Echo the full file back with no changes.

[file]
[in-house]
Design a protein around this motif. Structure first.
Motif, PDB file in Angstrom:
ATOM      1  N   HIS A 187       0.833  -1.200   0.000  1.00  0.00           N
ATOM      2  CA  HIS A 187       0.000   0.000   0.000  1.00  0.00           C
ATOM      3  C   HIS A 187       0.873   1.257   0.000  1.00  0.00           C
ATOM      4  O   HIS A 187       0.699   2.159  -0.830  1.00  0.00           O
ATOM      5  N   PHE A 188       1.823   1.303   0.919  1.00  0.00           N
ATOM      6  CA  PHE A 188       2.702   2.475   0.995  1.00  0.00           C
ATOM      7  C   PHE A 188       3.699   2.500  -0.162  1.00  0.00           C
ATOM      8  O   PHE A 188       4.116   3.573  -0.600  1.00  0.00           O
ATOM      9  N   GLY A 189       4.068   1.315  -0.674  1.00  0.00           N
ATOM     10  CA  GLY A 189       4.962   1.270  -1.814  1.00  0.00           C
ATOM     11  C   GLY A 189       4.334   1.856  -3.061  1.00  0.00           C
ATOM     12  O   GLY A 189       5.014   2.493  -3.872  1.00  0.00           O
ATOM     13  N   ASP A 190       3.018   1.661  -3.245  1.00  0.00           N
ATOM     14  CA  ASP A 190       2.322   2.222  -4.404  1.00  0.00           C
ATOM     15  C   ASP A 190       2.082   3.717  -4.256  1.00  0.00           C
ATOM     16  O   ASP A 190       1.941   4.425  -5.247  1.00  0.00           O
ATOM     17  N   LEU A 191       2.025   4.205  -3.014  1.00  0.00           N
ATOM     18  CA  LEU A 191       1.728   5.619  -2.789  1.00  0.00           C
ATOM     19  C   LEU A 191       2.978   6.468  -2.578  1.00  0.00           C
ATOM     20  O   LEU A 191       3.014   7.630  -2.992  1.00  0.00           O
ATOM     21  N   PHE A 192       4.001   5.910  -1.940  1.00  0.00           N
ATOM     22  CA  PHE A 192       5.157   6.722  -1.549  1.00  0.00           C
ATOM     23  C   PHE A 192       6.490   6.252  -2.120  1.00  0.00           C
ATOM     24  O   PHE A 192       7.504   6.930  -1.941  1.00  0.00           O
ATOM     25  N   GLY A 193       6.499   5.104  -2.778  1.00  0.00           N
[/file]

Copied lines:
[in-house]
Design a protein around this motif. Structure first.
Motif, PDB file in Angstrom:
ATOM      1  N   HIS A 187       0.833  -1.200   0.000  1.00  0.00           N
ATOM      2  CA  HIS A 187       0.000   0.000   0.000  1.00  0.00           C
ATOM      3  C   HIS A 187       0.873   1.257   0.000  1.00  0.00           C
ATOM      4  O   HIS A 187       0.699   2.159  -0.830  1.00  0.00           O
ATOM      5  N   PHE A 188       1.823   1.303   0.919  1.00  0.00           N
ATOM      6  CA  PHE A 188       2.702   2.475   0.995  1.00  0.00           C
ATOM      7  C   PHE A 188       3.699   2.500  -0.162  1.00  0.00           C
ATOM      8  O   PHE A 188       4.116   3.573  -0.600  1.00  0.00           O
ATOM      9  N   GLY A 189       4.068   1.315  -0.674  1.00  0.00           N
ATOM     10  CA  GLY A 189       4.962   1.270  -1.814  1.00  0.00           C
ATOM     11  C   GLY A 189       4.334   1.856  -3.061  1.00  0.00           C
ATOM     12  O   GLY A 189       5.014   2.493  -3.872  1.00  0.00           O
ATOM     13  N   ASP A 190       3.018   1.661  -3.245  1.00  0.00           N
ATOM     14  CA  ASP A 190       2.322   2.222  -4.404  1.00  0.00           C
ATOM     15  C   ASP A 190       2.082   3.717  -4.256  1.00  0.00           C
ATOM     16  O   ASP A 190       1.941   4.425  -5.247  1.00  0.00           O
ATOM     17  N   LEU A 191       2.025   4.205  -3.014  1.00  0.00           N
ATOM     18  CA  LEU A 191       1.728   5.619  -2.789  1.00  0.00           C
ATOM     19  C   LEU A 191       2.978   6.468  -2.578  1.00  0.00           C
ATOM     20  O   LEU A 191       3.014   7.630  -2.992  1.00  0.00           O
ATOM     21  N   PHE A 192       4.001   5.910  -1.940  1.00  0.00           N
ATOM     22  CA  PHE A 192       5.157   6.722  -1.549  1.00  0.00           C
ATOM     23  C   PHE A 192       6.490   6.252  -2.120  1.00  0.00           C
ATOM     24  O   PHE A 192       7.504   6.930  -1.941  1.00  0.00           O
ATOM     25  N   GLY A 193       6.499   5.104  -2.778  1.00  0.00           N